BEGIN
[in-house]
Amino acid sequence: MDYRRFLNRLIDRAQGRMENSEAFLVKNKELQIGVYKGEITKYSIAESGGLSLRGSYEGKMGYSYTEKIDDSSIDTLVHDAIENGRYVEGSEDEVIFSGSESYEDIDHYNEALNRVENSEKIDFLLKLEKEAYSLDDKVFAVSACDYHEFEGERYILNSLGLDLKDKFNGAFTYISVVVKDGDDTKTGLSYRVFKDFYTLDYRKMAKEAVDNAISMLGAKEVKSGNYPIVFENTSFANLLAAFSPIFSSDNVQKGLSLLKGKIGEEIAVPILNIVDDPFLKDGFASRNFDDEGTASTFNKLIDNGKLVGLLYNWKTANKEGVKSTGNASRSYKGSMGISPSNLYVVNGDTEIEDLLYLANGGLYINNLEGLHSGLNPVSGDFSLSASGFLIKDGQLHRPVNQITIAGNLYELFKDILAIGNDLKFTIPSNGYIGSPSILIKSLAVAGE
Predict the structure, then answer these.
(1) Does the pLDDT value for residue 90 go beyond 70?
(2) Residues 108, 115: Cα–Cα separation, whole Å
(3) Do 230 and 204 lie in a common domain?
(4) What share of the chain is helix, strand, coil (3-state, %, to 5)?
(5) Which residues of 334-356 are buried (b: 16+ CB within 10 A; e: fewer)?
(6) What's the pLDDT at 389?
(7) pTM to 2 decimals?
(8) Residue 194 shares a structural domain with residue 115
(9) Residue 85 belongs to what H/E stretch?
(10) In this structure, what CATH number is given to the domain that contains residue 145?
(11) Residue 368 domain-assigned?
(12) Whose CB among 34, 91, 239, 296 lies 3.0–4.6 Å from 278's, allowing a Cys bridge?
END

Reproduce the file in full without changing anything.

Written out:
[in-house]
Amino acid sequence: MDYRRFLNRLIDRAQGRMENSEAFLVKNKELQIGVYKGEITKYSIAESGGLSLRGSYEGKMGYSYTEKIDDSSIDTLVHDAIENGRYVEGSEDEVIFSGSESYEDIDHYNEALNRVENSEKIDFLLKLEKEAYSLDDKVFAVSACDYHEFEGERYILNSLGLDLKDKFNGAFTYISVVVKDGDDTKTGLSYRVFKDFYTLDYRKMAKEAVDNAISMLGAKEVKSGNYPIVFENTSFANLLAAFSPIFSSDNVQKGLSLLKGKIGEEIAVPILNIVDDPFLKDGFASRNFDDEGTASTFNKLIDNGKLVGLLYNWKTANKEGVKSTGNASRSYKGSMGISPSNLYVVNGDTEIEDLLYLANGGLYINNLEGLHSGLNPVSGDFSLSASGFLIKDGQLHRPVNQITIAGNLYELFKDILAIGNDLKFTIPSNGYIGSPSILIKSLAVAGE
Predict the structure, then answer these.
(1) Does the pLDDT value for residue 90 go beyond 70?
(2) Residues 108, 115: Cα–Cα separation, whole Å
(3) Do 230 and 204 lie in a common domain?
(4) What share of the chain is helix, strand, coil (3-state, %, to 5)?
(5) Which residues of 334-356 are buried (b: 16+ CB within 10 A; e: fewer)?
(6) What's the pLDDT at 389?
(7) pTM to 2 decimals?
(8) Residue 194 shares a structural domain with residue 115
(9) Residue 85 belongs to what H/E stretch?
(10) In this structure, what CATH number is given to the domain that contains residue 145?
(11) Residue 368 domain-assigned?
(12) Whose CB among 34, 91, 239, 296 lies 3.0–4.6 Å from 278's, allowing a Cys bridge?